BANK Negara will allow insurance companies to invest up to 50% of their total assets in secured and unsecured assets by January, from 40% now, in a move to relax the investment limit under insurers' prudential framework.
In a statement yesterday, Bank Negara said the relaxation would be implemented in two stages:
·With immediate effect, the limit on an insurer's aggregate investment in secured and unsecured credit facilities will be raised from 40% to 45% of the insurers' margin of solvency (MOS); the limit in unsecured credit facilities is increased from 30% to 35% of the MOS.
·Effective Jan 1 next year, these limits would be further raised to 50% and 40% respectively.
Credit facilities under the admitted asset framework refer to private debt securities such as bonds, notes, debentures and loan stocks and certain types of debt securities issued by Cagamas Bhd.
An unsecured facility under this framework must be of a minimum rating of BBB or P3 or its equivalent assigned by a rating agency established in Malaysia or by an internationally recognised one.
MOS refers to the company's total assets or the amount of assets to back the insurers' liabilities.
The industry, which had been waiting for a long time to see the changes, welcomed the move. It is expected to free up some RM7bil for investment in the bond market, based on total assets of about RM66.7bil in the industry as at Dec 31, 2002.
It gives us more avenue to invest in private debt securities and allows us to better match our investments with our products, said Prudential Assurance Malaysia Bhd chief executive officer Ng Keng Hooi.
Malaysia Assurance Alliance Bhd (MAA) chief executive officer Ramlan Abdul Rashid said this would give MAA and the industry a wider choice of investments.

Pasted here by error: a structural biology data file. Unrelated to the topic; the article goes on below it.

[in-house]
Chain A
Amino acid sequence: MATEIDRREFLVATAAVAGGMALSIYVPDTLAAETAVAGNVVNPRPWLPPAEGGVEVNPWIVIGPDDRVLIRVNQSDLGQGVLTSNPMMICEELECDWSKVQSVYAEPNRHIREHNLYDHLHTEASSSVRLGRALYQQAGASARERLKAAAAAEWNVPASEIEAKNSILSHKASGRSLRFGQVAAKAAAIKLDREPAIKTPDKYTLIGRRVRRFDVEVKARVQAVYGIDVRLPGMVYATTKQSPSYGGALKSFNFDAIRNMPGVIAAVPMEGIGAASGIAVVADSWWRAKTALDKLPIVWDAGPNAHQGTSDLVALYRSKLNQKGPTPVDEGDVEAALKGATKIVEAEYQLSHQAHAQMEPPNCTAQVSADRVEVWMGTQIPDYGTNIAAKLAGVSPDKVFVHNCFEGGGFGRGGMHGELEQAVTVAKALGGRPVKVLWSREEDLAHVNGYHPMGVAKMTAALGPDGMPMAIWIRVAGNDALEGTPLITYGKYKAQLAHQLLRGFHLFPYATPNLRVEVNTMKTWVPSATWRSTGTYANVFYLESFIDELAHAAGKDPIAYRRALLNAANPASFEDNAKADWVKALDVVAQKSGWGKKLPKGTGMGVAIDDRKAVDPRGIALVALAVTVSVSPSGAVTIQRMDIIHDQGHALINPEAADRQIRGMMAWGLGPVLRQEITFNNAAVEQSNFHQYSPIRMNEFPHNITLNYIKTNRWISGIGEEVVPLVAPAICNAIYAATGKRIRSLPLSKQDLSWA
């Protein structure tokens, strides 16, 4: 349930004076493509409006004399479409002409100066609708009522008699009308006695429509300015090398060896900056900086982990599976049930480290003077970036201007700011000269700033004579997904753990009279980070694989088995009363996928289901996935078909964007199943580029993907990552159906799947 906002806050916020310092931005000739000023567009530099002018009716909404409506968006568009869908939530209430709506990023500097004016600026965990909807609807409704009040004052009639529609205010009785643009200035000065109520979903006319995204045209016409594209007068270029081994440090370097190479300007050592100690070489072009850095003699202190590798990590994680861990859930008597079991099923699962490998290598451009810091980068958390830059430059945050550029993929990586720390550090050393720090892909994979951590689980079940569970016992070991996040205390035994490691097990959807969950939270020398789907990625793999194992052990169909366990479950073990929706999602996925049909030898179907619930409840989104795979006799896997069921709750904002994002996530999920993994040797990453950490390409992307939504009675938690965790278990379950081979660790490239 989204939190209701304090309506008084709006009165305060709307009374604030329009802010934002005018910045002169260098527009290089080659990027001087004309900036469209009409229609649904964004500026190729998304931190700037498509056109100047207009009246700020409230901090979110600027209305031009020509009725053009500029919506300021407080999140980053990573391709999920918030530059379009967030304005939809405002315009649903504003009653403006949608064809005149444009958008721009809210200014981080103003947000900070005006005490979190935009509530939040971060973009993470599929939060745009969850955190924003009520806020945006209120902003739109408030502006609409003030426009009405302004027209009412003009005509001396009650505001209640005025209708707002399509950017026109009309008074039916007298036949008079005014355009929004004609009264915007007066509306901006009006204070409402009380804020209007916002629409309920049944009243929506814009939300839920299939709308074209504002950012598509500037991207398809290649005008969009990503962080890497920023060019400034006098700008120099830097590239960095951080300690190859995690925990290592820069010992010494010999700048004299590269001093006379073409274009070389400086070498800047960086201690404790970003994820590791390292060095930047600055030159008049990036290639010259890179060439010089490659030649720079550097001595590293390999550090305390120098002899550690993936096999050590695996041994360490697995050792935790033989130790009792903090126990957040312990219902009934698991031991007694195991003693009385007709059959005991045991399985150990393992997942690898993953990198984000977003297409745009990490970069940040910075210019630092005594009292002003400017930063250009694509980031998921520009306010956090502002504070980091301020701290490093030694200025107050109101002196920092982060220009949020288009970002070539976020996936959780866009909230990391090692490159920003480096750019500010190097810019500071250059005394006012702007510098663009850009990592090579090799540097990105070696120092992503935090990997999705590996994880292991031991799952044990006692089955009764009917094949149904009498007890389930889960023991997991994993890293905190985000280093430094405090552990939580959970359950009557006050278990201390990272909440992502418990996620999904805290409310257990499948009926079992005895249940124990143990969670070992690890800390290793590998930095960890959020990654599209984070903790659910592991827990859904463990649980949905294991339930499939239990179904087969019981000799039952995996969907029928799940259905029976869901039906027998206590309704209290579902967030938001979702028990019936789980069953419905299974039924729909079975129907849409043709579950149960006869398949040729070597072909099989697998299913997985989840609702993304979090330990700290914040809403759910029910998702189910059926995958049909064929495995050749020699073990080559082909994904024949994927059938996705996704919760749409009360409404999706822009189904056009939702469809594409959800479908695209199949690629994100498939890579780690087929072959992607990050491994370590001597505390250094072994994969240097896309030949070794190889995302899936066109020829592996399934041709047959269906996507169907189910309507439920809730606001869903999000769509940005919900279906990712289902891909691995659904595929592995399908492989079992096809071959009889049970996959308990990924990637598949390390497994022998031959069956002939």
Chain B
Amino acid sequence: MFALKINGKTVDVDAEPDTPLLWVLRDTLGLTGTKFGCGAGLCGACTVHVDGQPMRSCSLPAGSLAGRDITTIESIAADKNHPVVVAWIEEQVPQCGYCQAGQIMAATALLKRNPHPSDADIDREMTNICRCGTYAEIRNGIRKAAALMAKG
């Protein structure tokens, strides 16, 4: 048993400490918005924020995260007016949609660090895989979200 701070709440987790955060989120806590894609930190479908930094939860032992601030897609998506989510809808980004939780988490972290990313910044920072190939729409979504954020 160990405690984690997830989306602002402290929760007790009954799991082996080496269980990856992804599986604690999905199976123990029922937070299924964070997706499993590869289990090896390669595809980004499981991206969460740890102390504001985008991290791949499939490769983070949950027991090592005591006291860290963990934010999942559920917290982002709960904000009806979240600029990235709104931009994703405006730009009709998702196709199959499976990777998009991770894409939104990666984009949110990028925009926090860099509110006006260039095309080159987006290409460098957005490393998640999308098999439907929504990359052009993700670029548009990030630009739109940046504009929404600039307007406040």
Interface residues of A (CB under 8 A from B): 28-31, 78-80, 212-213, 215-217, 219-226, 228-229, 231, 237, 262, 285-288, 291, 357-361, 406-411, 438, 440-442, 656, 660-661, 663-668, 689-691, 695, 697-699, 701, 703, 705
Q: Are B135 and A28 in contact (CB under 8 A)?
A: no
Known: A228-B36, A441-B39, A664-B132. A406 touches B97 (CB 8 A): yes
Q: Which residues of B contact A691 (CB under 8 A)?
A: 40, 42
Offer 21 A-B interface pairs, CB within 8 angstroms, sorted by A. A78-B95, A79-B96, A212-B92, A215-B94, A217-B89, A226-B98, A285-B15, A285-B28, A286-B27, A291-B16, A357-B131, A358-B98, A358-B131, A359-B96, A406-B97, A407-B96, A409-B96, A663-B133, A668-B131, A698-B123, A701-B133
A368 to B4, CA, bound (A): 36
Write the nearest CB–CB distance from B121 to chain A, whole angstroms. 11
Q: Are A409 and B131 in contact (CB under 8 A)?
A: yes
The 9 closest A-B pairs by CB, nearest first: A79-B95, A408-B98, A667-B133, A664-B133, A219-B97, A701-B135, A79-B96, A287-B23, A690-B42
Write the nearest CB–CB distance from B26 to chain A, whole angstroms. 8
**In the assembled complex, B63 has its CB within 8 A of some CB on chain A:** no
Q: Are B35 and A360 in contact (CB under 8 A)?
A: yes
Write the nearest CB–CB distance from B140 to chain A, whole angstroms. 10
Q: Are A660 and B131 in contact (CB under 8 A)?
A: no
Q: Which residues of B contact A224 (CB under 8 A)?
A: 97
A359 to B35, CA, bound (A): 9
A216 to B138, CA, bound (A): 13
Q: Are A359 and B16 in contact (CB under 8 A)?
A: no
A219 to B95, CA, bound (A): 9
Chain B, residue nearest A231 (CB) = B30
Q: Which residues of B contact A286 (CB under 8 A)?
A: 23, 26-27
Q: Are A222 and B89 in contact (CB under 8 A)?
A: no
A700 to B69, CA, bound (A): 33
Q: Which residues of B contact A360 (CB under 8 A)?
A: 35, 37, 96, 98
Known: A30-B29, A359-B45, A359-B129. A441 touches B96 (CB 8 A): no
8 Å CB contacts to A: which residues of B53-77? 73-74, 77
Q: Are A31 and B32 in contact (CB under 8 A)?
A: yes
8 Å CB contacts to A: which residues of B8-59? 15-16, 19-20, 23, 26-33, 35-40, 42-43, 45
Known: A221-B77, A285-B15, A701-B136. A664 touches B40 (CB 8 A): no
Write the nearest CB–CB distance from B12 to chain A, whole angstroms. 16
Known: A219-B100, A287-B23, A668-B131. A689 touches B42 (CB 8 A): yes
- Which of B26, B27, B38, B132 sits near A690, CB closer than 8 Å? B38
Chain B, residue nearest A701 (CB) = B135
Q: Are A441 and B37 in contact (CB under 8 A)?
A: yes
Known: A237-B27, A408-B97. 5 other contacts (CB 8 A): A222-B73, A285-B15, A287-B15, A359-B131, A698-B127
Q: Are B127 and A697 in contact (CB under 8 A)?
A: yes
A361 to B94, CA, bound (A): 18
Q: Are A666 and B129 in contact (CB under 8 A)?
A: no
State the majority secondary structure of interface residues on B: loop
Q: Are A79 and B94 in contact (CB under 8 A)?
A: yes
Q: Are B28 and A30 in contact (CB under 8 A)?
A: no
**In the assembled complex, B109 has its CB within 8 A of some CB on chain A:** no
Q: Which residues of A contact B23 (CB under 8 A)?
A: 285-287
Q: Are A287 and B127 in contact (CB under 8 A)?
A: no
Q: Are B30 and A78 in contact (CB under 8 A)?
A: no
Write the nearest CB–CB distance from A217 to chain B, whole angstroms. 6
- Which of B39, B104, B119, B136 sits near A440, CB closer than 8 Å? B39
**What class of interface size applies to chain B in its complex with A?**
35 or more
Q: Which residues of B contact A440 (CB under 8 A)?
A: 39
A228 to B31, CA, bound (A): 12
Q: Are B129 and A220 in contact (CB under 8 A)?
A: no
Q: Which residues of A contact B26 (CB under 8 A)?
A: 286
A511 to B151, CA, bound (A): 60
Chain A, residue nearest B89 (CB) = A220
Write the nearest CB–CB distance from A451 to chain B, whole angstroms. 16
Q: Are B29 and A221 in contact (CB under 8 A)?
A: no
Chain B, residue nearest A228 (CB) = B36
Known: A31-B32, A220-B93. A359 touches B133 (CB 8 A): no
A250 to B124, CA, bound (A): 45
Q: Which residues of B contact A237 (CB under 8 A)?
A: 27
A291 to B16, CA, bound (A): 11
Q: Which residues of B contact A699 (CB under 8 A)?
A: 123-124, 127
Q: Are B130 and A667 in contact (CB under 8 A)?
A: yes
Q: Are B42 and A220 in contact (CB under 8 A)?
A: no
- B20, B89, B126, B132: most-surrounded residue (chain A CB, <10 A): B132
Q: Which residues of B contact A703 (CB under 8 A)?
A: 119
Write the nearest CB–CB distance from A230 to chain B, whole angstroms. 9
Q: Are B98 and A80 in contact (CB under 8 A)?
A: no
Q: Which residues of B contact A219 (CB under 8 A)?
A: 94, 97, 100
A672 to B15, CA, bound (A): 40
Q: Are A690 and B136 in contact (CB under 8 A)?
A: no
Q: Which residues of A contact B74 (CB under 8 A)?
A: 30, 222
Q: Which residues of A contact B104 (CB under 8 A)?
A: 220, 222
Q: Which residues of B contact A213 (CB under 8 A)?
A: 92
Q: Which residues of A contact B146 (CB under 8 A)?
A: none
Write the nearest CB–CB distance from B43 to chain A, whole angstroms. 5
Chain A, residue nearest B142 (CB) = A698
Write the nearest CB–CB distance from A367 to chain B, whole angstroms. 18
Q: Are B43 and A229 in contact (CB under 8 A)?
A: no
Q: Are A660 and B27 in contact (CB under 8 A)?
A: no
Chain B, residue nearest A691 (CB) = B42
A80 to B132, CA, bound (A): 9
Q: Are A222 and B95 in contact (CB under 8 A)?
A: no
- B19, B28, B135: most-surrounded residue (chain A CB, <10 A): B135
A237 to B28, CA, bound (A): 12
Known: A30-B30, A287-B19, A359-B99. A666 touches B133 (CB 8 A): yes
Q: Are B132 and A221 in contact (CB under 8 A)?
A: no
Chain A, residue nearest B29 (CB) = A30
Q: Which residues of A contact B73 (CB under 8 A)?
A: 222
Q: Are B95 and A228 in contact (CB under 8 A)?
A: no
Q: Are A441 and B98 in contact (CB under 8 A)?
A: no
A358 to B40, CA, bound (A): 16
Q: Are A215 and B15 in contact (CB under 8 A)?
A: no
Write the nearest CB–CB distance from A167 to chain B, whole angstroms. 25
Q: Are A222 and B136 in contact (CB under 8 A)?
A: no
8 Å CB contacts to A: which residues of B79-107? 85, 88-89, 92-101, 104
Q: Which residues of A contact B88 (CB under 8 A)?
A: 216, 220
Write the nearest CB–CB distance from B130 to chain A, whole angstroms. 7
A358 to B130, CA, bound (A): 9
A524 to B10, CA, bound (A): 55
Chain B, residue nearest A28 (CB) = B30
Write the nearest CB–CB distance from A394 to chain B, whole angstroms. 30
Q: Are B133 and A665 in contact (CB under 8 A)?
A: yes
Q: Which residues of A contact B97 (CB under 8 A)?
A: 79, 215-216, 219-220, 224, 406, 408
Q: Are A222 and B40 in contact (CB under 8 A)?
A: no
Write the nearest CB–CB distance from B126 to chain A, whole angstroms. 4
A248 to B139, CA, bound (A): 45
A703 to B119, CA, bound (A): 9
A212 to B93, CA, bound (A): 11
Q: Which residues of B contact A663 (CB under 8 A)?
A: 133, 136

It creates more flexibility for us to invest in these instruments, which are an important part of an insurance company's portfolio, Ramlan told StarBiz.
The move is also supported by Rating Agency Malaysia Bhd (RAM), which believes it could encourage issuers to offer products that suited the long-term investment horizon of insurance companies.
There are currently not many products with the sort of long-term investment horizon that is preferred by the insurance industry, said RAM executive director Wong Fook Wah.
Bank Negara said the increase in the investment limit was to give insurers greater flexibility in the management of insurance funds and allow more flexibility for the acquisition of assets that could offer stable income streams to match insurance liabilities, particularly long-term liabilities of life insurance companies.
Bank Negara's aim was also to promote the demand for private debt instruments and thus contribute to the development of the domestic capital market.
However, despite the positive move, the timing may not favourable, given the soft bond market and good run in the equities market, which had shifted attention from bonds.
I think the recent attention to the equity market may encourage companies to raise their funding requirements through equity papers such as right issues, said Wong of RAM.
However, he added that given the estimated inflow of about RM7bil, the total impact would augur well for the growth of the bond market in the future.
Prudential's Ng said the move by Bank Negara would support the industry's initiative to encourage companies to issue long-term bonds.
To match their products, insurance companies often require investment products with a long-term horizon,'' said Ng, who is also chairman of the investment committee at the Life Insurance Industry Association (Liam).
Although long-term bonds are subjected to higher interest rates and may be costly for issuers, they help to eliminate the risk of issuers having to redeem the bonds earlier.
In 1997, we saw a lot of companies faced with severe financial constraints because they did not have the funds or could not get alternative financing to redeem their bonds, he said.